He needs to demonstrate that despite the rhetoric in some circles here about Islamo-fascism, we are not engaged in a civilization war against Muslims (Norman Podhoretz and Daniel Pipes, notwithstanding).
Not surprisingly, there is considerable skepticism that America intends to do anything to resolve the Israeli-Palestinian conflict, and not only in the Arab and Muslim world.
During the past seven years, the Bush administration has repeatedly promised that it was going to push hard for negotiations. And every time, after a well-publicized announcement, the initiative was left to wither on the vine -- with the encouragement of powerful elements of the pro-Israel lobby who pressed their minions on Capitol Hill to ensure that peace was not given a chance.
Take the example of the Colin Powell mission of 2002 It was typical of the half-dozen or so administration forays into Israeli-Palestinian diplomacy (as chronicled by Yediot Achronot columnist Nahum Barnea and Brookings scholar, Ariel Kastner, in their Saban Center monograph, Backchannel: Bush, Sharon and the Uses of Unilateralism published in December 2006).
On April 4, 2002, with the second intifada raging, President Bush delivered a speech endorsing the two-state solution and dispatched Secretary of State Colin Powell to the region to get the violence halted and negotiations started. Powell made surprising headway and was about to announce an Israeli and Palestinian agreement on an enforcement mechanism when neoconservatives inside the administration convinced Vice President Cheney to shut him down.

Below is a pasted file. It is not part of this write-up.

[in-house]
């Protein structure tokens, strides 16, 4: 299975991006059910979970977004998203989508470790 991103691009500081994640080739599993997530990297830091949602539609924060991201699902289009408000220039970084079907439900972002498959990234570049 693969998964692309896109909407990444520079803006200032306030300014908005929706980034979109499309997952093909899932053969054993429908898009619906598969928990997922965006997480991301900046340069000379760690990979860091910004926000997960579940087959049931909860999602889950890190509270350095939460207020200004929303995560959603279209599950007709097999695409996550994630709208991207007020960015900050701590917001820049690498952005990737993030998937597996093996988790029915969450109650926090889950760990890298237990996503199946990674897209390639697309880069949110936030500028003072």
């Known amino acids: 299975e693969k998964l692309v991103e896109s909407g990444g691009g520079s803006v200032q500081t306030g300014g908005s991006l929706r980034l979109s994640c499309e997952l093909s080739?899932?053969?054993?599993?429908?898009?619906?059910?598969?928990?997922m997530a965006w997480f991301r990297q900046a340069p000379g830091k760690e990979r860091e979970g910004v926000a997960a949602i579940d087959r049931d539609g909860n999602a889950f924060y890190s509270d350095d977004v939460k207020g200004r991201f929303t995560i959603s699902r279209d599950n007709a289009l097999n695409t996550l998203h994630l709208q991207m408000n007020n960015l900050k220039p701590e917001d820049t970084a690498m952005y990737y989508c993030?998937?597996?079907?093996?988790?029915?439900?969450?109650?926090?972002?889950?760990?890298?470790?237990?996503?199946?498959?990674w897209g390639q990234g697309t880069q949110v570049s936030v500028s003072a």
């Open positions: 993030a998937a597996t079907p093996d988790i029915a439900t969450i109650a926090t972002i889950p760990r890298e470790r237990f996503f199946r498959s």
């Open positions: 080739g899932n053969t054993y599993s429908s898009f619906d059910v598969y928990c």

Powell was told to abandon mediation and to make sure that the full burden of accountability was placed on the Palestinians with no demands made of the Israelis.
That ended the Powell mission. He came home empty-handed.
A year later, the administration put forth the Roadmap, largely at the insistence of then British Prime Minister Tony Blair who believed that the US and Britain could not succeed in Iraq so long as Arabs saw America as sustaining the occupation. The President attended a summit in Jordan -- along with Ariel Sharon and Mahmoud Abbas -- at which he declared he would push hard for a deal and would personally "ride herd" on the process.